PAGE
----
Defense Mechanisms

Regression in the Time of Coronavirus

Why children take steps backward in their development in times of stress.

Posted Apr 13, 2020

Madison used to be a great sleeper. Over the past few weeks, as the coronavirus lockdown has persisted, bedtime has deteriorated. It started with Madison insisting that I stay with her until she falls asleep. Now she insists on sleeping in our bed all night.—Father of a 4-year-old

Marcus has been fully potty-trained for two months. Since his school closed and we are all home together, all day, he has regressed to the point where he insists on wearing pull-ups all the time. All of a sudden he seems totally uninterested in the potty.—Mother of a 3-year-old

Kids regressing—moving backward in their development—is a very common reaction to stress. The same is true for adults. Experiencing this seismic shift in our worlds has sent many of us into survival mode. Our psychic energy has been diverted from higher-level brain functions to just trying to cope day to day. Few people I know would say they are at the top of their game right now.

Just like many of us are having a harder time managing everyday tasks and challenges, so are our kids. This can result in more challenging behaviors (which I have addressed in previous posts) and regression to less mature levels of functioning. You may see your child get frustrated more easily, become more clingy, have more potty accidents, experience sleep disruption, and, have a change in their eating patterns.

Responding to regression: What not to do

Shame your child for acting like “a baby.” Shaming has a profound, negative effect on children. It is an attack on their sense-of-self which leads to more acting-out behavior. It also makes it much less likely they will rebound to a higher level of functioning.

Cajole, bribe, reward or punish your child to get her to “act her age.” These strategies tend to backfire for several reasons:

  • When children sense that you are trying to control them, it often leads to power struggles that only result in their digging in their heels more forcefully.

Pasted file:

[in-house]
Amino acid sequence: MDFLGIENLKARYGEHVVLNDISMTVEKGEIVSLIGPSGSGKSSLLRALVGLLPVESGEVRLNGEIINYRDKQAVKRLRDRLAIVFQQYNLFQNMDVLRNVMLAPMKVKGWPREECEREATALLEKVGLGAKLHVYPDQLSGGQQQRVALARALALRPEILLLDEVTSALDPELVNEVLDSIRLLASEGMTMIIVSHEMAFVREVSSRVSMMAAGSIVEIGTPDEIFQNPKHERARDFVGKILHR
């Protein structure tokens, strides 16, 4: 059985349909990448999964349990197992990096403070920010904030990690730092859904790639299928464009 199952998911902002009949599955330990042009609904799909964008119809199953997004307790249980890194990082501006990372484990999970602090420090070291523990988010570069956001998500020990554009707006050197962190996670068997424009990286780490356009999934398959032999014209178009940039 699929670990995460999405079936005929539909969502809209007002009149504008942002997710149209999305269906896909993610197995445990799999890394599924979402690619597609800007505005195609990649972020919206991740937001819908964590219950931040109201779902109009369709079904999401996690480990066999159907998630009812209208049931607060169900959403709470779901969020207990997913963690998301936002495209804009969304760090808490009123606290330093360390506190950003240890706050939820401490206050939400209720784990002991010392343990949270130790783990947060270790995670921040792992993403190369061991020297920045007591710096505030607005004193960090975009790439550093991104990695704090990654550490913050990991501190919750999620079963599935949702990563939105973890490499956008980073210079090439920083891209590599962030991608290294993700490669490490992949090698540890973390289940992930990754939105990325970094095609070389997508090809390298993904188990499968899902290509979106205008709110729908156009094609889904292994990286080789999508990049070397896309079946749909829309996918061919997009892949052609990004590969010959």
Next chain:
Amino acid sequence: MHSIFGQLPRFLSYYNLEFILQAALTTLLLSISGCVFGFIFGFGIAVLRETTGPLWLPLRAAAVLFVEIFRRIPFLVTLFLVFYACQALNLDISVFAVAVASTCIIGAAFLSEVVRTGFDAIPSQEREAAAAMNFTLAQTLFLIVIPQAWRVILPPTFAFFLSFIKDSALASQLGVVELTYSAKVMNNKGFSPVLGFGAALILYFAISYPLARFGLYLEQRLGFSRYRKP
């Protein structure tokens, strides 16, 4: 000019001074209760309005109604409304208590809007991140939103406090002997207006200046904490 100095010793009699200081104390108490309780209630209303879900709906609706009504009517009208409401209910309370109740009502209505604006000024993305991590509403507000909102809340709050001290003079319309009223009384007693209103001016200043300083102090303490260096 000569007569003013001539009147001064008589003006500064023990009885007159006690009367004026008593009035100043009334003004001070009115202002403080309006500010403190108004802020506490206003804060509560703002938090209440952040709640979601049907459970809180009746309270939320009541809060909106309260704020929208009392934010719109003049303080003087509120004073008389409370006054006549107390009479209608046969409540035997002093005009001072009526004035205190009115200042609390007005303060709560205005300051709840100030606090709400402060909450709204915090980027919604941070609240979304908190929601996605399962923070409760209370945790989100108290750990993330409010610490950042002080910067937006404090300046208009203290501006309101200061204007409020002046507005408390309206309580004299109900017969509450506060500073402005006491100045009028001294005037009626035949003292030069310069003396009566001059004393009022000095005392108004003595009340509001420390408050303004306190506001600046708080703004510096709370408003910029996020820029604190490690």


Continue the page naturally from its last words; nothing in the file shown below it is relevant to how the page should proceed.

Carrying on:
• Your child is not regressing on purpose. She is acting on her feelings; so, using logic and trying to convince her to “get with the program” rarely works and can, in fact, reinforce her regression.
  • Regression is often an unconscious way to elicit the additional support and reassurance children need when they are experiencing stress. When you demand that your child act more independently—to use the potty, to be less clingy, etc.—it increases her insecurity which only leads to more regression.

Responding to regression: What to do

Validate your child’s experience. Because we love our kids so deeply, it is hard to see them struggle. We just want to make the “bad” feelings go away because we think it’s harmful to them to feel sad, angry, or scared. But ignoring or minimizing feelings doesn’t make them magically disappear. They just get “acted out” through behaviors—like aggression and regression—that can lead to more, not less, stress for your child … and you. 

So, start by acknowledging that your world has changed a lot over the past few weeks, and that change can be hard. Share that you are also adapting, and that you are all in this together.

Avoid the temptation to jump to reassurance that all will be well when your child expresses difficult emotions. If he says he misses his teachers and friends, instead of responding, “Don’t worry, you’ll see them again soon!” start by validating his experience: “That makes a lot of sense. You love your school pals and teachers. It’s hard not to be able to play with them.”

Then, move to empowerment. For example, brainstorm ways your child can stay connected to teachers and friends by scheduling video chats, or drawing a picture or dictating an email to send to people he is missing. If you skip the step of validation before providing reassurance or going into problem-solving mode, it doesn’t give your child the chance to work through the feelings that are driving his behavior.